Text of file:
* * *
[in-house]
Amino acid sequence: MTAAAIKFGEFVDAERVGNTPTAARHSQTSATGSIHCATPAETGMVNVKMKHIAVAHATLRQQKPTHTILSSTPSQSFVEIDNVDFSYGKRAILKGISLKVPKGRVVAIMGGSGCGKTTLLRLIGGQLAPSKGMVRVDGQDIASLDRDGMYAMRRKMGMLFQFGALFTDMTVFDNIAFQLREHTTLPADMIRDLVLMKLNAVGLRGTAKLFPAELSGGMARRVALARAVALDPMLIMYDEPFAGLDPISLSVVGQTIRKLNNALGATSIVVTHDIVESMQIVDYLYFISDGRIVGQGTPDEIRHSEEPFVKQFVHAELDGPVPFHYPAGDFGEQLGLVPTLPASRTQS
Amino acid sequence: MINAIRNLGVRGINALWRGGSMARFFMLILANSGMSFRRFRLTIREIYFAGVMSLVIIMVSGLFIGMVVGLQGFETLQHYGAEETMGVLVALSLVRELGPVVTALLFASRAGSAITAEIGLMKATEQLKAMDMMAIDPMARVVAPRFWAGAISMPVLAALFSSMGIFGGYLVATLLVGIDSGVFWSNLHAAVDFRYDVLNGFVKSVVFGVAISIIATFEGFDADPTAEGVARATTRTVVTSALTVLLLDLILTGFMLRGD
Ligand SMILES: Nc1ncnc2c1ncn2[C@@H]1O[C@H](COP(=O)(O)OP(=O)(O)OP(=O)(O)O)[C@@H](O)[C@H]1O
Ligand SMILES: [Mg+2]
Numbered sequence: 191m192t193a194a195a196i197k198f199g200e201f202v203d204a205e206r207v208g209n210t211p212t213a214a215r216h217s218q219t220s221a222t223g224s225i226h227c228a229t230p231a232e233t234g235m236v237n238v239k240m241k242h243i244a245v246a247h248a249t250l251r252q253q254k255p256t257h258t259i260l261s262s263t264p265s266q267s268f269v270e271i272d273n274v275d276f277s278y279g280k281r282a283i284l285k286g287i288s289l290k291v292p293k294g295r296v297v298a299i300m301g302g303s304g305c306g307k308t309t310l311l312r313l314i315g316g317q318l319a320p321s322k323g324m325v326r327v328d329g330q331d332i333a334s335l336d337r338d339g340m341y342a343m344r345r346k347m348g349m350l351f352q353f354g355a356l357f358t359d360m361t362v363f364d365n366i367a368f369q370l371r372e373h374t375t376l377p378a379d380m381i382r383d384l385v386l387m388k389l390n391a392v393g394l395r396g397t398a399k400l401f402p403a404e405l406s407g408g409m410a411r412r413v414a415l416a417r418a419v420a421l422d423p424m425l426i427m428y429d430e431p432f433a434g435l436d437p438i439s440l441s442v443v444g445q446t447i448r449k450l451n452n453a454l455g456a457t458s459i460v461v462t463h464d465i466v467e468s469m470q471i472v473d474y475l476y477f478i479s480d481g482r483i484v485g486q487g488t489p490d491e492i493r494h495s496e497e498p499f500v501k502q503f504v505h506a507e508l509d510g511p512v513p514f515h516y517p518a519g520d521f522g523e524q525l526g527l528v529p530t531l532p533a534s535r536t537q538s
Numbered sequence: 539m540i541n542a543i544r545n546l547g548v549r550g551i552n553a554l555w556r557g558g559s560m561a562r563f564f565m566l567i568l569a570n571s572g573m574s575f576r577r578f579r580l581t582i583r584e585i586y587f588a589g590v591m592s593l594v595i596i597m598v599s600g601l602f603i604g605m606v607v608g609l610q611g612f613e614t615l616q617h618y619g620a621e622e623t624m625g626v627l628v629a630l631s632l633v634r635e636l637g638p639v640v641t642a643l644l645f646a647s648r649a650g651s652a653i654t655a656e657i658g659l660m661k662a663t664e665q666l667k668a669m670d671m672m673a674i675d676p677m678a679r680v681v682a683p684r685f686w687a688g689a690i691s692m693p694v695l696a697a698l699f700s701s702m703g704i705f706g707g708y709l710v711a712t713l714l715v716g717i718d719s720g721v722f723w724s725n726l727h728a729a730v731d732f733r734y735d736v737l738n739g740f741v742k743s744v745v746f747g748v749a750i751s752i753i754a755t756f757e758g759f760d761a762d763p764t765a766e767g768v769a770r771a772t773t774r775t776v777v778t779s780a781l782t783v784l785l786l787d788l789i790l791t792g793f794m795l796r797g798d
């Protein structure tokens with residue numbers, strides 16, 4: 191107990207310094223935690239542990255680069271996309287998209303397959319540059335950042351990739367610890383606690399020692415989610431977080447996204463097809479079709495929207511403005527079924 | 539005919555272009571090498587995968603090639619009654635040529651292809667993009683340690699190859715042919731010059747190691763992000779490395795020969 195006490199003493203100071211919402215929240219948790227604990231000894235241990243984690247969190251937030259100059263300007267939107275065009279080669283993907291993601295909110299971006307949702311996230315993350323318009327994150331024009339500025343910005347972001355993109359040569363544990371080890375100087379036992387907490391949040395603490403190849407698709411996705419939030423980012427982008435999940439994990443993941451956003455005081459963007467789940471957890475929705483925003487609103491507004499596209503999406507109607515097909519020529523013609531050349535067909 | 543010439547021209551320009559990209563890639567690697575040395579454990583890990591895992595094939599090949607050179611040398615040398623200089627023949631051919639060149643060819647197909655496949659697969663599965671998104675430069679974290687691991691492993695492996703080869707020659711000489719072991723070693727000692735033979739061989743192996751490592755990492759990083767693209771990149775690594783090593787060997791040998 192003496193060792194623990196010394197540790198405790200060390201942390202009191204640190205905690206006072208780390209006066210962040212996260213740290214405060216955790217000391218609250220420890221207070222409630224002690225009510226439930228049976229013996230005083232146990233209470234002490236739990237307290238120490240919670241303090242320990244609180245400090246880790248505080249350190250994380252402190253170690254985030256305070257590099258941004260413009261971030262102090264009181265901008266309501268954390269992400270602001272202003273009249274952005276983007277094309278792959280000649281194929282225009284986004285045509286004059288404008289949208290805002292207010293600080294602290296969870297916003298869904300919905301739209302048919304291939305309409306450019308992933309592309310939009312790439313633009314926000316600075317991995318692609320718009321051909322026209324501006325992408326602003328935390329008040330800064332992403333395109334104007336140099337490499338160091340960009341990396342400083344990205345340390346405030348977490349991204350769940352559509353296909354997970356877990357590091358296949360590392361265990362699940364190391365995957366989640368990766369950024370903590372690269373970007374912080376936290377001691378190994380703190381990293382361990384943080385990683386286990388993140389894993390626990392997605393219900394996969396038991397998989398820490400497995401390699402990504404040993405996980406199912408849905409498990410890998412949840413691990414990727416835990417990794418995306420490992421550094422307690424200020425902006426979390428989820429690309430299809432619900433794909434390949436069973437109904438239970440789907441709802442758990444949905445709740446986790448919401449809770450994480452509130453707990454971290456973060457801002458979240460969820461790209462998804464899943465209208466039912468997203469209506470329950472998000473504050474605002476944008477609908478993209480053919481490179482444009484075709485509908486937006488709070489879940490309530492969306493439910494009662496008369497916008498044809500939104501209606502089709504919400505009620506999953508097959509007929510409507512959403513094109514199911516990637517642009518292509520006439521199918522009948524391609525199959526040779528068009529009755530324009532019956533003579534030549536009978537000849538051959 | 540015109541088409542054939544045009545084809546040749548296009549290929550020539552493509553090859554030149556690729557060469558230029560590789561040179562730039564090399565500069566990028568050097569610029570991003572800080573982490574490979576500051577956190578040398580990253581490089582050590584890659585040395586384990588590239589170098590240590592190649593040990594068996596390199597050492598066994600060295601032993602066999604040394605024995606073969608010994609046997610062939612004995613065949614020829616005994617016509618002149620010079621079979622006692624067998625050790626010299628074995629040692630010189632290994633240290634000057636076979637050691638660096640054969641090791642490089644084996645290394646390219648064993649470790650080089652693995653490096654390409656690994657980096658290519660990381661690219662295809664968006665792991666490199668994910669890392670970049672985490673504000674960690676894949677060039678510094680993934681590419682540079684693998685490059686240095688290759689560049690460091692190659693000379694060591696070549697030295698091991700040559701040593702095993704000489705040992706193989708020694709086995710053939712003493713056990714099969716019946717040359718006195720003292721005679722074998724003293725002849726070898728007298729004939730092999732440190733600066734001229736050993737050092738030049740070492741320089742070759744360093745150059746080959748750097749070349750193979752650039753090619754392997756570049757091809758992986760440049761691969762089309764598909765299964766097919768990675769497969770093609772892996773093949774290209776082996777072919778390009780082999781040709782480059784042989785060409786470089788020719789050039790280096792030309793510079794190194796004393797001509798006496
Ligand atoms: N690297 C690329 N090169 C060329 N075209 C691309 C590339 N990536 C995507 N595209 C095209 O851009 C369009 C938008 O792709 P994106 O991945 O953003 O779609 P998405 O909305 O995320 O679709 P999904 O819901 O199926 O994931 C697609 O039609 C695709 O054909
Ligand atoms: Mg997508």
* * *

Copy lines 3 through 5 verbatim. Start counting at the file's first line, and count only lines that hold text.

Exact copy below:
Amino acid sequence: MINAIRNLGVRGINALWRGGSMARFFMLILANSGMSFRRFRLTIREIYFAGVMSLVIIMVSGLFIGMVVGLQGFETLQHYGAEETMGVLVALSLVRELGPVVTALLFASRAGSAITAEIGLMKATEQLKAMDMMAIDPMARVVAPRFWAGAISMPVLAALFSSMGIFGGYLVATLLVGIDSGVFWSNLHAAVDFRYDVLNGFVKSVVFGVAISIIATFEGFDADPTAEGVARATTRTVVTSALTVLLLDLILTGFMLRGD
Ligand SMILES: Nc1ncnc2c1ncn2[C@@H]1O[C@H](COP(=O)(O)OP(=O)(O)OP(=O)(O)O)[C@@H](O)[C@H]1O
Ligand SMILES: [Mg+2]